There’s an important fact most of us tend to forget about Oceania. Winston Smith, the protagonist of George Orwell’s masterpiece is the exception among his people, not the rule; the only difference between utopia and dystopia is perspective. Now, while 1984 has past 1984 is upon us and like with so many other things in the Asian century, China is leading the way.
Amid the headlines made by Xi Jinping’s ascendance to the Chinese constitution — the first living Communist Party leader to manage the feat since Mao Zedong — and the clamour around OBOR, another significant development has escaped attention. The Chinese government is developing a Social Credit System (SCS) to determine the “trustworthiness” of its citizens.
By 2020, the SCS will be in place for 1.3 billion people. According to Wired, the policy states: “It will forge a public opinion environment where keeping trust is glorious. It will strengthen sincerity in government affairs, commercial sincerity, social sincerity…” Everything from what you read, how you spend your time (watching Netflix for eight hours a day will let the state know you’re a bum) and money, to what you post on social media will affect your SCS score, which in turn will allow you benefits like cheaper loans, housing and easier access to travel documents. Negative posts on social media about the government or party may well reduce your score, as will interacting with people who are “untrustworthy”.
Fundamentally speaking, the Orwellian nightmare is complete: The purported utopia of communism shall, in China, take according to your ability, judge all that you can and will give it, and then slot you according to its own needs. But before we begin preening with righteous indignation at the death of privacy in the Middle Kingdom, don’t forget that despite their grand differences — democracy vs one-party rule, diversity vs uniformity, freedom vs equality — India, like China, seems keen to record and rate its citizens. Unlike the SCS though, Aadhaar crept up on us.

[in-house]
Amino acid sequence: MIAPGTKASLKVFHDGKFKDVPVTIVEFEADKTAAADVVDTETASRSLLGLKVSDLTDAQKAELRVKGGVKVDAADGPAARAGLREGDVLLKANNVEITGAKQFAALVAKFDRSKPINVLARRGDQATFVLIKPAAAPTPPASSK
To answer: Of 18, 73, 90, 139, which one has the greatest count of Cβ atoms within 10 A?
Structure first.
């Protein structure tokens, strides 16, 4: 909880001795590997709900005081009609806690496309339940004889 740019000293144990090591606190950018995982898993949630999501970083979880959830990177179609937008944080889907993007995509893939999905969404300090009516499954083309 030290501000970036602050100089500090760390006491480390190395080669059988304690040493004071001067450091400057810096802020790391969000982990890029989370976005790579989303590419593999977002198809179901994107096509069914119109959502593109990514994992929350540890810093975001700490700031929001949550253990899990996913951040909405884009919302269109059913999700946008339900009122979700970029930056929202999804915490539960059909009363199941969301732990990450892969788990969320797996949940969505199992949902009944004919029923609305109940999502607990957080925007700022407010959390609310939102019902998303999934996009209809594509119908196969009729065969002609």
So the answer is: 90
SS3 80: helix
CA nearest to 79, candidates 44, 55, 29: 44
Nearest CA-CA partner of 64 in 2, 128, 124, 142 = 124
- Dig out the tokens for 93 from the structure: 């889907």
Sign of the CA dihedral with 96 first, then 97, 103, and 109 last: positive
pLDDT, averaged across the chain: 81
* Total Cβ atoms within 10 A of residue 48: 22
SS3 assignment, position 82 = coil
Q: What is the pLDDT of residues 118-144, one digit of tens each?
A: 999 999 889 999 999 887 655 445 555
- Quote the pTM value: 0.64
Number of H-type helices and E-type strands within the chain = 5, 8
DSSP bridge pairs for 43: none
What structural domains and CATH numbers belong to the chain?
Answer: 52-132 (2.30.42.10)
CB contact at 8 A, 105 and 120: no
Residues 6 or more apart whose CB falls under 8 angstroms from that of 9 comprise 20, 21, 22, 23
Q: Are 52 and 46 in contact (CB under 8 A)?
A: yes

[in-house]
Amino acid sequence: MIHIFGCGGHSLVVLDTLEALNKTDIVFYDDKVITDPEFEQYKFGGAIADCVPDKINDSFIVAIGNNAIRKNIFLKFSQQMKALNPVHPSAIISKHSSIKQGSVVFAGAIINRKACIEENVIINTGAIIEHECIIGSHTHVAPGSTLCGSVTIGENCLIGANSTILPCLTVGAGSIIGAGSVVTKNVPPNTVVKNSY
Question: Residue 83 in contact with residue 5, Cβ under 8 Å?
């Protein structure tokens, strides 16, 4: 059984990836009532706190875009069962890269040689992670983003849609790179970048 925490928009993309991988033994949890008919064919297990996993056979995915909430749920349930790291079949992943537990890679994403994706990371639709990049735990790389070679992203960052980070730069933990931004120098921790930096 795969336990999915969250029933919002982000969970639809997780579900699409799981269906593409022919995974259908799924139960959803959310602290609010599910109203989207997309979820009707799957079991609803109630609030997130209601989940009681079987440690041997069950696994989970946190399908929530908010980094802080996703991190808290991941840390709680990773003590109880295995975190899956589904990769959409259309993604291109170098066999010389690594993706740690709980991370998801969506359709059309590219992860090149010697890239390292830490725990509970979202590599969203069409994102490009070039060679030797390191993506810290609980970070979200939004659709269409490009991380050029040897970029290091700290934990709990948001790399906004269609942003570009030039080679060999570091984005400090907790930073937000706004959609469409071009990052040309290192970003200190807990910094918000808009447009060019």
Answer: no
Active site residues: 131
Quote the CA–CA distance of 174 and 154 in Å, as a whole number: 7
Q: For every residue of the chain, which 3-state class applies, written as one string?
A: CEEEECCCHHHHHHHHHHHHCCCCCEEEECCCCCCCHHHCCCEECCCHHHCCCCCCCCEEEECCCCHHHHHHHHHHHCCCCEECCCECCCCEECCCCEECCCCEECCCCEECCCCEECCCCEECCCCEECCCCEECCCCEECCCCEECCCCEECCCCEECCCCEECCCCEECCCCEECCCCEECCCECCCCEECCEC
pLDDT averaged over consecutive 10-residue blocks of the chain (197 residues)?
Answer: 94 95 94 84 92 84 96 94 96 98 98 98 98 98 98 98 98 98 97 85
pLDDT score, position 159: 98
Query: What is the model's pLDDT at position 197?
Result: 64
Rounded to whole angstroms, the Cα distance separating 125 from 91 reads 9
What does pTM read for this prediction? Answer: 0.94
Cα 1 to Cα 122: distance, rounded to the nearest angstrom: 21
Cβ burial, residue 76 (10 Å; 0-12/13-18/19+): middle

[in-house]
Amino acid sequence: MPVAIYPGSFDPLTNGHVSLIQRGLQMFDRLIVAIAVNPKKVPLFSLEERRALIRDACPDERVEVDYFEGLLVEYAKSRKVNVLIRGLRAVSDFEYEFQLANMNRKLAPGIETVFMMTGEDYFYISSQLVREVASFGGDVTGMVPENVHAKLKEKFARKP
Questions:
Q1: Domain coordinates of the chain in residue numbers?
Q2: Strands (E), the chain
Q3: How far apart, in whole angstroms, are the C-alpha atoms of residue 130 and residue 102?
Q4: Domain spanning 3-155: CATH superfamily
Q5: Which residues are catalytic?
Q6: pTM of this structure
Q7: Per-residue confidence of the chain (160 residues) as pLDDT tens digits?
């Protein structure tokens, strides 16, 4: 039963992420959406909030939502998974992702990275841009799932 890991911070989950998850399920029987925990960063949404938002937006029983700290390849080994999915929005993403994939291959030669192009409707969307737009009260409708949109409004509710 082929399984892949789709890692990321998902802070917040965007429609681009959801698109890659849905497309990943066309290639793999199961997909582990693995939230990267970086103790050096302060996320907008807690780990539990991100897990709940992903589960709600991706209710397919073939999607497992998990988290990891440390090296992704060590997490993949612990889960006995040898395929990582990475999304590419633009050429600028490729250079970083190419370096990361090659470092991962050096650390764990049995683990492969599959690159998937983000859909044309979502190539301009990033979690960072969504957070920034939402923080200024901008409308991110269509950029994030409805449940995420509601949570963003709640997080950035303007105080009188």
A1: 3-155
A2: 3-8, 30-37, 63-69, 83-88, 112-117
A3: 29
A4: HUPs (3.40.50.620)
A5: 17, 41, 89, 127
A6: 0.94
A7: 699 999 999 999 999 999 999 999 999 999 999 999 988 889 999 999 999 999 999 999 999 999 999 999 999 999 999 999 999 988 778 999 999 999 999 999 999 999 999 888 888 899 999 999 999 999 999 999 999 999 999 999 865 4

It began with a simple premise: As the welfare state expands, a unique verifiable identity is necessary for the poorest to receive their fair share. So far, so good. But then, gradually, the “voluntary” basis of Aadhaar goes out the window. First, it is mandatory to receive benefits. Then, to pay taxes (what’s the PAN for again?). Now, Mamata Banerjee’s threat to go back to landlines notwithstanding, we will require the unique number to keep our mobile phone connections and bank accounts. And while no plans to rate citizens have been announced, there are justified fears about what the state and private companies can access.
The race towards the surveillance state is, of course, made easier by the democratisation of technology: A smartphone is a two-way device — while the internet opens up the world to the user, she pours much of herself out. There are, however, other more important factors at play, that even Orwell didn’t anticipate.
First, unlike the West, there seems little concern about privacy and the over-arching state. While many academics and activists have railed against Aadhaar, it has not led to large-scale protests on the streets or, unlike GST, become an election issue. It appears that despite its faults, the empowerment that comes from having an identity overpowers the more distant prospect of having one’s privacy invaded. There have already been reports of leaks of Aadhaar details, prominently of over 13 crore people in May but no outrage to match the momentous lapse. In China, the pilot programme for the SCS, being run by eight private companies, including ones affiliated to Alibaba (basically, Amazon, Paytm and Google rolled into one) and Tencet (that owns WeChat, the country’s messaging service). While the scheme is currently voluntary, people are rushing to sign up to get a head start on ratcheting up their SCS scores. (Caveat: Protesting against the government is a lot more dangerous, gravely so, in China.)
1984, and other dire prophecies, also missed another important aspect of what makes contemporary dystopias so appealing to so many. Air Strip One (where Winston lives) was a drab place, marked by war and scarcity. But China — since Deng Xiaoping told his people that “to get rich is not a crime” — and India since economic liberalisation have embraced an idea of freedom that is both limited and liberating. The private sector is an integral part of both Aadhaar and the SCS. The SCS score does more than just let the government watch you, it lets the state and companies give you sops. And privacy is no price to pay to take a selfie while walking to a movie via a McDonald’s in the mall. There are those, like Winston Smith, who will be allergic to the new systems of the state. But in the end, it appears that like in 1984, for most of us, the dystopia will be a utopia. Consumerism may, after all, end up achieving what Orwell’s nightmare-version of communism could not.
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